US5174283 *7 May 199229 Dec 1992Parker Jeffrey DBlind orolaryngeal and oroesophageal guiding and aiming device
US5215522 *5 Apr 19911 Jun 1993Ballard Medical ProductsSingle use medical aspirating device and method
US5235973 *15 May 199117 Aug 1993Gary LevinsonTracheal tube cuff inflation control and monitoring system
US5263478 *9 Sep 199223 Nov 1993Ballard Medical ProductsEndotracheal tube insertion and positioning apparatus
US5277177 *16 Jul 199111 Jan 1994Ballard Medical ProductsSingle use medical aspirating device and method
US5279549 *13 Oct 199218 Jan 1994Sherwood Medical CompanyClosed ventilation and suction catheter system
US5282463 *13 Sep 19911 Feb 1994Hammer-Plane, Inc.Anti-disconnect apparatus and method, for breathing systems
US5339805 *23 Dec 199223 Aug 1994Parker Jeffrey DBlind orolaryngeal and oroesophageal guiding and aiming device
US5386821 *8 Jun 19937 Feb 1995Poterack; Karl A.Bite block for oral passageway
US5431158 *30 Jun 199411 Jul 1995Tirotta; Christopher F.Endoscopy breathing mask
US5487383 *20 Apr 199330 Jan 1996Levinson; GaryTracheal tube cuff inflation control and monitoring system
US5611336 *30 Mar 199518 Mar 1997Ballard Medical Products, Inc.Single use medical aspirating device and method
US5694922 *19 Aug 19949 Dec 1997Ballard Medical ProductsSwivel tube connections with hermetic seals
US5694929 *26 Feb 19969 Dec 1997Christopher; Kent L.Method and apparatus for ventilation/oxygenation during guided insertion of an endotracheal tube
US5735271 *22 May 19967 Apr 1998Ballard Medical ProductsMultiple access adaptors for monitoring, sampling, medicating, aspirating, and ventilating the respiratory tract of a patient
US5743254 *31 Mar 199728 Apr 1998Parker Medical Limited PartnershipOrotracheal intubation guide
US5865176 *6 Mar 19962 Feb 1999Michael Jeffrey O'NeilArtificial airway device with sealing cuff for distal end
US5937858 *5 Dec 199717 Aug 1999Connell; Donald G.Oro/nasopharyngeal airway for administering/sampling inhalent/expired gases
US5957134 *18 Nov 199728 Sep 1999Lee; Han ShikAnesthesia delivery system
US5964217 *20 Nov 199712 Oct 1999Christopher; Kent L.Method and apparatus for ventilation/oxygenation during guided insertion of an endotracheal tube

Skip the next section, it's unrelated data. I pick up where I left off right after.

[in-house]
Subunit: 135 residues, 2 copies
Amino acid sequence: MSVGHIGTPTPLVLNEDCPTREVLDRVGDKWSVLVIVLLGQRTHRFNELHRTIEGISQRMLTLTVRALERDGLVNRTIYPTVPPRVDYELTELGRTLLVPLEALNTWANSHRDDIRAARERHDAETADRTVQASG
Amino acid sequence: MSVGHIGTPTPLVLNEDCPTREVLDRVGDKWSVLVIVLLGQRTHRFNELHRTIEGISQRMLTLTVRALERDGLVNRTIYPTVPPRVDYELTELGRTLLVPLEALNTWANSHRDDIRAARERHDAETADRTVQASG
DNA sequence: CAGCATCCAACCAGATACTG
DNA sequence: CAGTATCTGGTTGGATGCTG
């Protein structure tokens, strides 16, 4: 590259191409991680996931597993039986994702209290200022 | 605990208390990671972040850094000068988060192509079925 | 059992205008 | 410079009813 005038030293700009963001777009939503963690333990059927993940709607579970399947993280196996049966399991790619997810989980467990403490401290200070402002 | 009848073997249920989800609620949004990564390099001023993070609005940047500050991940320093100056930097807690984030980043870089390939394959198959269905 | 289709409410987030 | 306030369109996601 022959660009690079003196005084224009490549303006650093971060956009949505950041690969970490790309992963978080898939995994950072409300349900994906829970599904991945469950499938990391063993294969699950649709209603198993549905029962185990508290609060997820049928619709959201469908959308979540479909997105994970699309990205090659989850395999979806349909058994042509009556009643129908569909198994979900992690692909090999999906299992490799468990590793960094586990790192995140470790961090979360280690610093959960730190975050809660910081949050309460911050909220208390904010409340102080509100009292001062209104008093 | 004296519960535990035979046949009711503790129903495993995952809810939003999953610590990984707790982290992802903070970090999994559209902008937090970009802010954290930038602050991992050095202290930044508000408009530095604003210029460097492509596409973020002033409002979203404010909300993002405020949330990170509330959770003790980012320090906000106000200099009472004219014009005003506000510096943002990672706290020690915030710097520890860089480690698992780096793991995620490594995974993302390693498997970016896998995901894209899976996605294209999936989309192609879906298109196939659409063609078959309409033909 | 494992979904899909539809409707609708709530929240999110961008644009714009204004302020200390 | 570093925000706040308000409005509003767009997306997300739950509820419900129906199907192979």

US5975080 *22 Jan 19982 Nov 1999Hammer-Plane, Inc.Retention system for anti-disconnect apparatus and method, for breathing systems
US6009872 *2 Feb 19994 Jan 2000Hammer-Plane, Inc.Retention system for anti-disconnect apparatus and method, for breathing systems
US6105573 *18 May 199822 Aug 2000Hammer-Plane, Inc.Hook and pile retention system for anti-disconnect apparatus and method, for breathing systems
US6394093 *13 May 199928 May 2002Scott LethiNasopharyngeal airway with inflatable cuff
US64057251 Oct 199918 Jun 2002Evergreen Medical, Inc.Method and apparatus for ventilation/oxygenation during guided insertion of an endotracheal tube
US6474332 *1 Oct 19985 Nov 2002Wisconsin Medical IncorporatedBite block
US649420312 Nov 199917 Dec 2002Ballard Medical ProductsMedical aspirating/ventilating closed system improvements and methods
US65434466 Nov 20008 Apr 2003Evergreen Medical IncorporatedMethod and apparatus for ventilation/oxygenation during guided insertion of an endotracheal tube
US656838822 Jan 200127 May 2003Evergreen Medical IncorporatedMethod and apparatus for ventilation / oxygenation during guided insertion of an endotracheal tube
US66123045 Oct 20002 Sep 2003Kimberly-Clark Worldwide, Inc.Respiratory care multiple access port assembly and adapter
US6626169 *17 May 200130 Sep 2003Elisha Medical Technologies Ltd.Anatomical airway ventilation intubating and resuscitation device
US663171314 Mar 200014 Oct 2003Evergreen Medical IncorporatedMethod and apparatus for ventilation/oxygenation during guided insertion of an endotracheal tube
US667230526 Feb 20016 Jan 2004Parker Medical Limited PartnershipShallow throat orotracheal intubation guide
US6679901 *24 Aug 200020 Jan 2004Norikata TakumaAirway
US69130174 Jan 20025 Jul 2005Bevely RobertsApparatus for delivering inhalant and monitoring exhaled fluid, method of making same, and method of delivering inhalant and monitoring exhaled fluid
US701389913 Aug 200421 Mar 2006Engineered Medical System, Inc.Perilaryngeal oral airway with multi-lumen esophogeal-obturator